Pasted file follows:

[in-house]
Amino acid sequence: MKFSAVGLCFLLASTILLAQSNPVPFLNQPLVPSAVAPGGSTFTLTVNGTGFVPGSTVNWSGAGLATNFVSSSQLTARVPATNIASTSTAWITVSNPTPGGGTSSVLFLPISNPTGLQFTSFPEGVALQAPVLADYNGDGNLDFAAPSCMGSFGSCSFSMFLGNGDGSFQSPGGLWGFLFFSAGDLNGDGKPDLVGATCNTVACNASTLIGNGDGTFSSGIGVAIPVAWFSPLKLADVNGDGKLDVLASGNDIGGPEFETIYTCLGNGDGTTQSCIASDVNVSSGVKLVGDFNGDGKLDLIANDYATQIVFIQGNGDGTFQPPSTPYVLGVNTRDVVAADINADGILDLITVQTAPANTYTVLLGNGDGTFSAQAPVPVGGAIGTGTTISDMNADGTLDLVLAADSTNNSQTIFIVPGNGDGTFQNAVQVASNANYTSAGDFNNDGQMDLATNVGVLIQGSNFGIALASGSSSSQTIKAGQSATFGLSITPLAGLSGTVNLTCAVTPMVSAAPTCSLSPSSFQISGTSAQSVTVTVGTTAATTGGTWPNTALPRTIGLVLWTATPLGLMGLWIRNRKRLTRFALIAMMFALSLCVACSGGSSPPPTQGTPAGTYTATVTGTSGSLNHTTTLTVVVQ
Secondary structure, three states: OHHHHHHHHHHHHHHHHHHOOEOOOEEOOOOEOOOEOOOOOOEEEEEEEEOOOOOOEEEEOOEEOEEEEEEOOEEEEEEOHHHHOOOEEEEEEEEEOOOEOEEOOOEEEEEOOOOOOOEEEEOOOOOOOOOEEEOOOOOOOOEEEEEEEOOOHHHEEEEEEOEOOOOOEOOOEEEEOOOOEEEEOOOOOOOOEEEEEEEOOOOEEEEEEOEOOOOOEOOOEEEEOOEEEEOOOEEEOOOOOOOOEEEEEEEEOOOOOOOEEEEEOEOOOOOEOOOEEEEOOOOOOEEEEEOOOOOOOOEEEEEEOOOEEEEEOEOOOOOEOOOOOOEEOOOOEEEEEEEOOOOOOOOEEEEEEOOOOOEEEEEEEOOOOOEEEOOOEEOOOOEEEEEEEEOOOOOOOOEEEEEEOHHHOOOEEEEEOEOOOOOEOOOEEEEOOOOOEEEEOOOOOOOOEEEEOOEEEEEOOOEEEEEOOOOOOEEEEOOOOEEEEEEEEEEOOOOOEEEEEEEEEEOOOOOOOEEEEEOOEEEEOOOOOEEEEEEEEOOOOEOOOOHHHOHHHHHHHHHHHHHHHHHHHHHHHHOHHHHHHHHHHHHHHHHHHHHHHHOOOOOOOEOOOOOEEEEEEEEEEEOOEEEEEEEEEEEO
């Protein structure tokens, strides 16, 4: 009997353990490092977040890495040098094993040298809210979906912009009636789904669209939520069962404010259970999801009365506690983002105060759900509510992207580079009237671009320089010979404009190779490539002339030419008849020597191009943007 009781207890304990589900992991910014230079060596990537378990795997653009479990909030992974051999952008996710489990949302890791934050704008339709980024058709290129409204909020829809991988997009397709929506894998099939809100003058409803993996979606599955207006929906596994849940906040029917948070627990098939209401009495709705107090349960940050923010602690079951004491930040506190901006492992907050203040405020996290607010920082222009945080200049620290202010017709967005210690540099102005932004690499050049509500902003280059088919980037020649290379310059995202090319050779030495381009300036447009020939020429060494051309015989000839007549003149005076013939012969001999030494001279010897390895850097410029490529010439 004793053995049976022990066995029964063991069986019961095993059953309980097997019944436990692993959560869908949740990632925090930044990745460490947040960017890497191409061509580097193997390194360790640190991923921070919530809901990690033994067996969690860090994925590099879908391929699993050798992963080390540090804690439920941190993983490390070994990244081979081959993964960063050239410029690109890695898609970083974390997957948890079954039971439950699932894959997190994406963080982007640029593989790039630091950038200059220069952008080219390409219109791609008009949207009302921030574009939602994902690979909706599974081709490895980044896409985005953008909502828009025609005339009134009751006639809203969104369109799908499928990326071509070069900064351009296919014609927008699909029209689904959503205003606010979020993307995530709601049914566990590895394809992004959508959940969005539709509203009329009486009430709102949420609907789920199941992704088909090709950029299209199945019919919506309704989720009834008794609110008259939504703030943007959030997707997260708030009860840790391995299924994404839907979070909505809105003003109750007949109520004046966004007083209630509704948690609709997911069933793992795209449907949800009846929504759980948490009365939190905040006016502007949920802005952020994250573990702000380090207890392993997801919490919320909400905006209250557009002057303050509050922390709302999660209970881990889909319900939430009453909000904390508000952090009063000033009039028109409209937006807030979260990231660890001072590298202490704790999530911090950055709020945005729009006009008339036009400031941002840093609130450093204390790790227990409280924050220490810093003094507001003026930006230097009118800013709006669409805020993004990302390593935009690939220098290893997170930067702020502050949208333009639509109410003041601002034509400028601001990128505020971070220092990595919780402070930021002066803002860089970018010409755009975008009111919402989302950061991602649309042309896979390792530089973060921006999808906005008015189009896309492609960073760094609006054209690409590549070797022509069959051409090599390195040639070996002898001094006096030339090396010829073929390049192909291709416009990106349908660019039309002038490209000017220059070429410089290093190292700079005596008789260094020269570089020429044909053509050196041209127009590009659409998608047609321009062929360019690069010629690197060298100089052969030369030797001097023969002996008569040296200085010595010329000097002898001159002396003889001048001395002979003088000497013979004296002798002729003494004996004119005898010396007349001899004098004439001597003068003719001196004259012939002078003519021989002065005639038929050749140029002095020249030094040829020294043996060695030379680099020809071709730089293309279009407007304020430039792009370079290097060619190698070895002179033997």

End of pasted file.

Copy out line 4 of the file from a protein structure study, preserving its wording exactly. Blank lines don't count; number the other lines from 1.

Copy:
């Protein structure tokens, strides 16, 4: 009997353990490092977040890495040098094993040298809210979906912009009636789904669209939520069962404010259970999801009365506690983002105060759900509510992207580079009237671009320089010979404009190779490539002339030419008849020597191009943007 009781207890304990589900992991910014230079060596990537378990795997653009479990909030992974051999952008996710489990949302890791934050704008339709980024058709290129409204909020829809991988997009397709929506894998099939809100003058409803993996979606599955207006929906596994849940906040029917948070627990098939209401009495709705107090349960940050923010602690079951004491930040506190901006492992907050203040405020996290607010920082222009945080200049620290202010017709967005210690540099102005932004690499050049509500902003280059088919980037020649290379310059995202090319050779030495381009300036447009020939020429060494051309015989000839007549003149005076013939012969001999030494001279010897390895850097410029490529010439 004793053995049976022990066995029964063991069986019961095993059953309980097997019944436990692993959560869908949740990632925090930044990745460490947040960017890497191409061509580097193997390194360790640190991923921070919530809901990690033994067996969690860090994925590099879908391929699993050798992963080390540090804690439920941190993983490390070994990244081979081959993964960063050239410029690109890695898609970083974390997957948890079954039971439950699932894959997190994406963080982007640029593989790039630091950038200059220069952008080219390409219109791609008009949207009302921030574009939602994902690979909706599974081709490895980044896409985005953008909502828009025609005339009134009751006639809203969104369109799908499928990326071509070069900064351009296919014609927008699909029209689904959503205003606010979020993307995530709601049914566990590895394809992004959508959940969005539709509203009329009486009430709102949420609907789920199941992704088909090709950029299209199945019919919506309704989720009834008794609110008259939504703030943007959030997707997260708030009860840790391995299924994404839907979070909505809105003003109750007949109520004046966004007083209630509704948690609709997911069933793992795209449907949800009846929504759980948490009365939190905040006016502007949920802005952020994250573990702000380090207890392993997801919490919320909400905006209250557009002057303050509050922390709302999660209970881990889909319900939430009453909000904390508000952090009063000033009039028109409209937006807030979260990231660890001072590298202490704790999530911090950055709020945005729009006009008339036009400031941002840093609130450093204390790790227990409280924050220490810093003094507001003026930006230097009118800013709006669409805020993004990302390593935009690939220098290893997170930067702020502050949208333009639509109410003041601002034509400028601001990128505020971070220092990595919780402070930021002066803002860089970018010409755009975008009111919402989302950061991602649309042309896979390792530089973060921006999808906005008015189009896309492609960073760094609006054209690409590549070797022509069959051409090599390195040639070996002898001094006096030339090396010829073929390049192909291709416009990106349908660019039309002038490209000017220059070429410089290093190292700079005596008789260094020269570089020429044909053509050196041209127009590009659409998608047609321009062929360019690069010629690197060298100089052969030369030797001097023969002996008569040296200085010595010329000097002898001159002396003889001048001395002979003088000497013979004296002798002729003494004996004119005898010396007349001899004098004439001597003068003719001196004259012939002078003519021989002065005639038929050749140029002095020249030094040829020294043996060695030379680099020809071709730089293309279009407007304020430039792009370079290097060619190698070895002179033997």